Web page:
Lloyd’s has released a new report that identifies emerging geopolitical risks and provides businesses with advice on how to mitigate them.
The report, Shifting powers: meeting the challenges of the geopolitical landscape, was produced in partnership with the University of Cambridge’s Centre for Risk Studies. It discusses the transformation of the geopolitical risk landscape over the last 10 years and focuses on the 10 most pressing risks today, which include cyber attacks, social unrest and the mitigation crisis.
According to the report, geopolitical power centres have shifted since the Global Financial Crisis, driven by five macro-trends, including rising populism and the decline of the United States’ role as a conflict mediator.
Lloyd’s said it intends to use the research to support businesses with the resources and knowledge required to protect their organisations. The report proposed a series of steps for businesses to consider, including assessing supply-chain exposure and taking precautions to safeguard intellectual property and trade secrets against cyber attacks.
The report discusses the existing insurance products available to help businesses remain resilient during periods of crisis and uncertainty. It also identifies opportunities for the insurance industry to develop new products to address these risks. It highlights work already being undertaken by Lloyd’s Lab startups such as Moonshot and Verisk Maplecroft, companies that use artificial intelligence to better understand geopolitical threats. The report also highlights the role insurance can play in helping developing economies mitigate geopolitical risk.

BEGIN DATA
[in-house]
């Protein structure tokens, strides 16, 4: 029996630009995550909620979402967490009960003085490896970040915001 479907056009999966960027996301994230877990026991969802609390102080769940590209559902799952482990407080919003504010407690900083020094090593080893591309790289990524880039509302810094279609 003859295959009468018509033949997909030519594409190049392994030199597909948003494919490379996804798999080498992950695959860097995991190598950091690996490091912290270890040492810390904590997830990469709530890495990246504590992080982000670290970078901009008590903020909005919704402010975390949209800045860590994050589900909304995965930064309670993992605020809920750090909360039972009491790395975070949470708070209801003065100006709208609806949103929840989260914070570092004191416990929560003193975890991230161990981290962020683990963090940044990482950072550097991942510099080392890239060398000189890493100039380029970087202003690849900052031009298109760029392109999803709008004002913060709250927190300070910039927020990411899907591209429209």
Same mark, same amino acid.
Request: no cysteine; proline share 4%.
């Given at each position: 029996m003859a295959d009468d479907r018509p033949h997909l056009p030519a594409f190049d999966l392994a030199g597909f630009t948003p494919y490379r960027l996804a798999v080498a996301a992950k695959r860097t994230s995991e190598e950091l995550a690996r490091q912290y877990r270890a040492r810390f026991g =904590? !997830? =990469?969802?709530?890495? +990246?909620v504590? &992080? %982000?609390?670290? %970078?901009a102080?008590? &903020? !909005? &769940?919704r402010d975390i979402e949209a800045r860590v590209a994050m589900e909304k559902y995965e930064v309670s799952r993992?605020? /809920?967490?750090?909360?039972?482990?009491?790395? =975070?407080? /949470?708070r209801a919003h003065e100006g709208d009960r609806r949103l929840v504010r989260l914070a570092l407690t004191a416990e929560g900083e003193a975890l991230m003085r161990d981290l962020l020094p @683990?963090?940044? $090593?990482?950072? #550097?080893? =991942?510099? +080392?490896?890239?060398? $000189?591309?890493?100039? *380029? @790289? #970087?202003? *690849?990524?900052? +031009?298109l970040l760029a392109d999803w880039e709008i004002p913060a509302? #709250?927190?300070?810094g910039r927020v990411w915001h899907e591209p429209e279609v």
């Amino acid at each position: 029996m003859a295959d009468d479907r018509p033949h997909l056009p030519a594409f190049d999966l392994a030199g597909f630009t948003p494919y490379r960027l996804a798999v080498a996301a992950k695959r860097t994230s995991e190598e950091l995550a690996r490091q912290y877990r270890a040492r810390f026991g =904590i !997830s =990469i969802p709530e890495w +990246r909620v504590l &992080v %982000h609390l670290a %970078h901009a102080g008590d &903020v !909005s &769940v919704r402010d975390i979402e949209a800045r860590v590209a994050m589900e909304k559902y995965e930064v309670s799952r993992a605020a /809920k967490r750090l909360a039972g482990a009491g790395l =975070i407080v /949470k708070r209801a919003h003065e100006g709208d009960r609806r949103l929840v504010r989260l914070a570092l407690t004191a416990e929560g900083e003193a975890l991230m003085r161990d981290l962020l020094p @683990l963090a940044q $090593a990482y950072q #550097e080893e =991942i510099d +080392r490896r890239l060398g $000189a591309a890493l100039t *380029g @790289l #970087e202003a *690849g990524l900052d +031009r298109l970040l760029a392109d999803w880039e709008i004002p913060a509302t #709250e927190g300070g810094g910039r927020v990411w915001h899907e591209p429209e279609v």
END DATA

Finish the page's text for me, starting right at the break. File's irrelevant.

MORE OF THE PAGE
“The geopolitical landscape is more complex, intricate and interconnected than ever before,” said Bruce Carnegie Brown, chairman of Lloyd’s. “Lloyd’s has a unique role as a hub of risk expertise and innovation, and we are delighted to have partnered with the University of Cambridge’s Centre for Risk Studies to identify ways we can help businesses manage these geopolitical challenges. Lloyd’s, and the wider insurance industry, can play a central role in addressing geopolitical risk, and in doing so create a safer, more sustainable world.”
“The changing nature of geopolitics poses a significant challenge to an industry traditionally associated with protecting physical assets,” said Andrew Coburn, chief scientist and the Centre for Risk Studies. “Insurers must innovate to safeguard the dependencies and complex operational practices which underpin global commerce from a host of geopolitical risks as they intersect with technology, public opinion, climate change, and other factors. We are delighted to contribute to this thought leadership promoting ambitious and necessary changes within the industry, which will help to safeguard us all.”